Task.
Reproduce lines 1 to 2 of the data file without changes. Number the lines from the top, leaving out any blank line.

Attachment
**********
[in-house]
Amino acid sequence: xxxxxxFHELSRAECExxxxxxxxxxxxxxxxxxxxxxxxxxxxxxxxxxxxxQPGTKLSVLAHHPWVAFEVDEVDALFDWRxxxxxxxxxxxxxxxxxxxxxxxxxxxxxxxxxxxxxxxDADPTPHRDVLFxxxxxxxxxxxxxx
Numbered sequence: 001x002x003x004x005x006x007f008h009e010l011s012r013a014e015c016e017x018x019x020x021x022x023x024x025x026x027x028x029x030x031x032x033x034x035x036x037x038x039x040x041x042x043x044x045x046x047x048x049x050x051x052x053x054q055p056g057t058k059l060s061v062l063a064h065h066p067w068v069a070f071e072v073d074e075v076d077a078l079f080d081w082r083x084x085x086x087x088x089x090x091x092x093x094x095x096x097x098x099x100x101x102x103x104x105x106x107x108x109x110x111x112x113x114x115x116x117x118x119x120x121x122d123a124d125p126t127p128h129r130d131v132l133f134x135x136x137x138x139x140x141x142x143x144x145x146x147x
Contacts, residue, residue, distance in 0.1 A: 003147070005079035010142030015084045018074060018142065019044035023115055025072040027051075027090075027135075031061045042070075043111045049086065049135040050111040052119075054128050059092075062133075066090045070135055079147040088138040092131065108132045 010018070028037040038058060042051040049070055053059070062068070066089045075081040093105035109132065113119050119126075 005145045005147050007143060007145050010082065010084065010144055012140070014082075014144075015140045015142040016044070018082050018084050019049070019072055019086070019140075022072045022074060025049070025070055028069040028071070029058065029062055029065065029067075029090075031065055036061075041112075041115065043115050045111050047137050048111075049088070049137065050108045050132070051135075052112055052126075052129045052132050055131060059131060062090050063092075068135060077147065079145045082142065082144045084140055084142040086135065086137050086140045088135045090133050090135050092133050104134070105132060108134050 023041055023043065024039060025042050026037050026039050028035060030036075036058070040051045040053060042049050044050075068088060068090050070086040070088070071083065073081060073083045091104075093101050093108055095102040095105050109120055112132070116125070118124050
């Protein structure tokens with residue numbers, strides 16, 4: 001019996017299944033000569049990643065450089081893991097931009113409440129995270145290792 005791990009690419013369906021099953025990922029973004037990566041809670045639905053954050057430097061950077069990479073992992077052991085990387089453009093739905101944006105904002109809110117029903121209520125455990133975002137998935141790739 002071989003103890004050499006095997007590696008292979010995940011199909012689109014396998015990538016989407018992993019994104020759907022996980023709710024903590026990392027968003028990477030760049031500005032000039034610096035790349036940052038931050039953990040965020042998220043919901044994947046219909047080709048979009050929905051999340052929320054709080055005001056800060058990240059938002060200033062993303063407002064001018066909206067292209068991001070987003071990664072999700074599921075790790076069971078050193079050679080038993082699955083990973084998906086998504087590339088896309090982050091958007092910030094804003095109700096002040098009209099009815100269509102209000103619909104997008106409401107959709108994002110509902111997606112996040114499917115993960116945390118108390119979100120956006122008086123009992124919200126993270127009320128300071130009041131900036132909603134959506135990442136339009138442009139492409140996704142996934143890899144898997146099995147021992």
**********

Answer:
[in-house]
Amino acid sequence: xxxxxxFHELSRAECExxxxxxxxxxxxxxxxxxxxxxxxxxxxxxxxxxxxxQPGTKLSVLAHHPWVAFEVDEVDALFDWRxxxxxxxxxxxxxxxxxxxxxxxxxxxxxxxxxxxxxxxDADPTPHRDVLFxxxxxxxxxxxxxx